According to a new study, men infected with HIV in the early stages of the HIV / AIDS pandemic have pro-inflammatory and anti-inflammatory intestinal microbes before they become HIV positive, compared to men who remained HIV negative. Was relatively abundant.Published in the journal today Microbial flora.. In addition, the men who progressed to AIDS the earliest had the most adverse effects on the composition of the gut microbiota.
This study, conducted at the University of Pittsburgh and using patient samples preserved from the onset of the HIV / AIDS pandemic in the early 1980s, is the first study to link pre-infection gut flora composition to HIV sensitivity and progression.
“Before getting infected with HIV, something different from the men who weren’t infected with the virus was happening in the intestines of these men,” said co-lead author Dr. Charles Rinaldo, professor of infectious diseases in Pitt. rice field. .. “Not only are they at increased risk of becoming infected with HIV, but when they become HIV positive, they are also at increased risk of developing AIDS compared to people with a more normal microbiome. This finding is for HIV in men. It helps to understand what underlies susceptibility. Long before antiviral drugs to control the virus came out. It can also affect the cure and prevention of the disease. “
Scientists analyze the stool and Blood sample Donated by a gay man enrolled in the National Institutes of Health (NIH) -sponsored Multicenter AIDS Cohort Study (MACS) since the spring of 1984 (a few months before HIV was found to be the cause of AIDS). .. Pittsburgh. At that time, AIDS was killing a friend of the participants, but scientists didn’t know why. Therefore, MACS collected fecal samples from volunteers every six months in an attempt to determine the cause. When HIV was discovered, they stopped collecting such samples, but instead of throwing away the samples they already had, the MACS team frozen them at cryogenic temperatures and stored them in bio-repositories.
In 2017, Rinaldo, then chair of the Department of Infectious Diseases and Microbiology at Pitt School of Public Health, was discussing biorepositories with Dr. Shamal Pedada, then chair of the school’s Department of Biostats and expertise. rice field. In the microbiome.
“At that time, a series of new and growing studies brought us to the microbiome. Immune response“Peddada, co-author of the NIH’s Eunice Kennedy Schreiber National Institutes of Health and Human Development (NICHD) and now head of the Biostatistics and Bioinformatics Division, said. I have saved a treasure trove of specimens. Science has advanced and it is now possible to revisit this biorepository to find out what is happening in the male microbiota and immune system before and after being infected with HIV. “
The researchers obtained stored blood and stool samples from 265 participants who were not infected with HIV when they enrolled in MACS. Of the participants, 109 were infected with the virus in the first year. I didn’t do the rest.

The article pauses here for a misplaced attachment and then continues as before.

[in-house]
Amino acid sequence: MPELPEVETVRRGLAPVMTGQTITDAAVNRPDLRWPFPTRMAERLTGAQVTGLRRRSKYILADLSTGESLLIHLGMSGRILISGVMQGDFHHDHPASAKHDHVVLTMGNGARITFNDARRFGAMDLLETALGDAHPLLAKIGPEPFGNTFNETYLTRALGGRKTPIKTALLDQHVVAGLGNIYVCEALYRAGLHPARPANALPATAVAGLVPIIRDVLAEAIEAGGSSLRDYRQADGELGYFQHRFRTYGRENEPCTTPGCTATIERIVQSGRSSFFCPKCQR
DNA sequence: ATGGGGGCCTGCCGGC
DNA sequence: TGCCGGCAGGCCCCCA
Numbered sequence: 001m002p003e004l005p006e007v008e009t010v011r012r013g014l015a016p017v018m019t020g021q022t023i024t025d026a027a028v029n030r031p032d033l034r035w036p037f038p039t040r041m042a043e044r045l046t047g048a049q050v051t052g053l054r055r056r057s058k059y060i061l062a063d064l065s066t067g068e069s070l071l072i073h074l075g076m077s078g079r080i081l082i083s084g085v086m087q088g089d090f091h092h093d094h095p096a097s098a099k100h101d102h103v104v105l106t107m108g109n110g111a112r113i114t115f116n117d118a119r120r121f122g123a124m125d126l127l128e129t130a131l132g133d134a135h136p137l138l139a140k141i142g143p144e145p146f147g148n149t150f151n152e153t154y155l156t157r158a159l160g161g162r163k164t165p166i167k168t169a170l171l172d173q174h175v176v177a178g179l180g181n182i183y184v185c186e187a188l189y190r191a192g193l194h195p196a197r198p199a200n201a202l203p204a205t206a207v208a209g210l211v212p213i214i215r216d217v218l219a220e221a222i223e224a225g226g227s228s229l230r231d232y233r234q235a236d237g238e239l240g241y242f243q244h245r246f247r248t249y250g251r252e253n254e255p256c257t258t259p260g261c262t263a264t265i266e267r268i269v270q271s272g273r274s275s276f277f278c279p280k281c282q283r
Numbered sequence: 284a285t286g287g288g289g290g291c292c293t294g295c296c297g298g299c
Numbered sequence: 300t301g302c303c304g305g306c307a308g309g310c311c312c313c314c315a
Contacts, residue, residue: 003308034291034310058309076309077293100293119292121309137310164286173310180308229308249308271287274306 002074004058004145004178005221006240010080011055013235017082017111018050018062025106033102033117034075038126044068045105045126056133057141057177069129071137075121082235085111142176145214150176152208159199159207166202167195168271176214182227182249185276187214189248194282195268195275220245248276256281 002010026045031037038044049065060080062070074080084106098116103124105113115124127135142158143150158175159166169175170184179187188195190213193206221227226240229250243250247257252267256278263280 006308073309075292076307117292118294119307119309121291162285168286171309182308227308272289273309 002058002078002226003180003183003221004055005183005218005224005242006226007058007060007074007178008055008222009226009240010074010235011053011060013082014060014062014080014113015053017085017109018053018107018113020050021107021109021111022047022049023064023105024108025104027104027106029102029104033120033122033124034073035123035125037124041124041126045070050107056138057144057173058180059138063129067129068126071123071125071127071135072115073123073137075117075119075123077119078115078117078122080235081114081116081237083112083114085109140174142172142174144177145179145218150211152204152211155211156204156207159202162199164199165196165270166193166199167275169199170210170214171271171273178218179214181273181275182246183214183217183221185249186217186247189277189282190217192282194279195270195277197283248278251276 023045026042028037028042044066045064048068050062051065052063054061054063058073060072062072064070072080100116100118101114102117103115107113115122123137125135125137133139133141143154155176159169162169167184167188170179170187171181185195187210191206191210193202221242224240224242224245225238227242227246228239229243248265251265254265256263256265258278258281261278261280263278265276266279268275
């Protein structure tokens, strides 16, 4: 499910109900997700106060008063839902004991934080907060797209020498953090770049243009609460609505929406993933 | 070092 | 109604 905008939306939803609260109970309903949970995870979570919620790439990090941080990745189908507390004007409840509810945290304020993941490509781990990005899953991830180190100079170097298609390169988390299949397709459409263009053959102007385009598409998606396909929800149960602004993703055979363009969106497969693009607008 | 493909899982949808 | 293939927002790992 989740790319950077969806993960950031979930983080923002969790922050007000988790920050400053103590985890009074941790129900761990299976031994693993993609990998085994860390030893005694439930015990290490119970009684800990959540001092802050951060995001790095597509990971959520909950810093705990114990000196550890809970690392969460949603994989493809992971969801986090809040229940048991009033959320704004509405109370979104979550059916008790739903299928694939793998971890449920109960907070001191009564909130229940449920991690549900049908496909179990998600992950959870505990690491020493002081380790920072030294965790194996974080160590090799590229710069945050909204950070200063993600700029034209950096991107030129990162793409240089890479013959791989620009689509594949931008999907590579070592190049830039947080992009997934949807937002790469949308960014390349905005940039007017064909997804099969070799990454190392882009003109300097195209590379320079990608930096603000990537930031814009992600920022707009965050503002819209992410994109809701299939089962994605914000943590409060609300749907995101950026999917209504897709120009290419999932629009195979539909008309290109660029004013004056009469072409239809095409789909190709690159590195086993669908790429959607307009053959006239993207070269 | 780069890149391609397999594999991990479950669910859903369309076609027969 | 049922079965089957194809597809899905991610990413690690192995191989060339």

Dr. Yue Chen, associate professor and co-lead author of Pitt Public Health, processed a 35-year-old stool sample with the help of Dr. Alison Morris (Chairman of Lung, Allergy, and Emergency Medicine). pit. Next is NICHD Fellow and co-lead author Huang Lin, Ph.D. Analyzed the data and used the novel to determine the families and species of microorganisms inhabiting the intestines of the participants and how the abundance of these microorganisms differed between the samples. A statistical method he developed as part of his PhD. Pitt Public Health dissertation work under the supervision of Peddada at the Faculty of Biostatistics.
Participants infected with HIV are relatively abundant Prevotella stercorea, Bacteria that promote inflammation, and 4 low levels Bacteroides Species known to be involved in the immune response.
At the same time, Chen was also investigating markers of inflammation in the blood of participants. She finally found that participants who were infected with HIV had higher levels of pre-infection inflammation than those who were not infected with HIV.
Scientists say that the gut microbiota worsens the immune response, promotes inflammation, makes men with an unfavorable microbiota profile more susceptible to HIV, and the disease is serious before antiretroviral therapy exists. I believe that it is no longer possible to prevent the progression to AIDS.
“This kind of research has never been done in HIV, as far as our team knows,” Rinaldo said. “If the gut flora thus affects a person’s susceptibility to HIV, it may be doing the same for other pathogens such as COVID-19.”
Scientists said further research is needed before using the findings to develop specific guidance for those who are trying to improve the microbiome to prevent HIV infection.
“But in general, we know that a diet rich in fruits, vegetables and fiber usually results in a healthier intestine. Microbial flora“I would like to tell people who are trying to improve their health to consider improving their diet,” Pedada said.
Additional authors are Mariah Cole, MS, Jeremy Martinson, D. Phil. , Adam Fitch, MS, Barbara Methé, Ph.D. , And Vatsala Rangachar Srinivasa, MPH, all Pitt at the time of the survey. Dr. Heather McKay and Dr. Joseph Margorick of Johns Hopkins University. Dr. Matthew Mimiaga, University of California, Los Angeles.
For more information:
Characteristic changes in the gut flora are associated with increased susceptibility to HIV-1 infection in MSM. Microbial flora, 2021.
University of Pittsburgh
Quote: What can a 35 year old fecal sample tell scientists about HIV / AIDS? (December 8, 2021) Obtained December 8, 2021 from https: //medicalxpress.com/news/2021-12-year-old-stool-samples-scientists-hivaids.html
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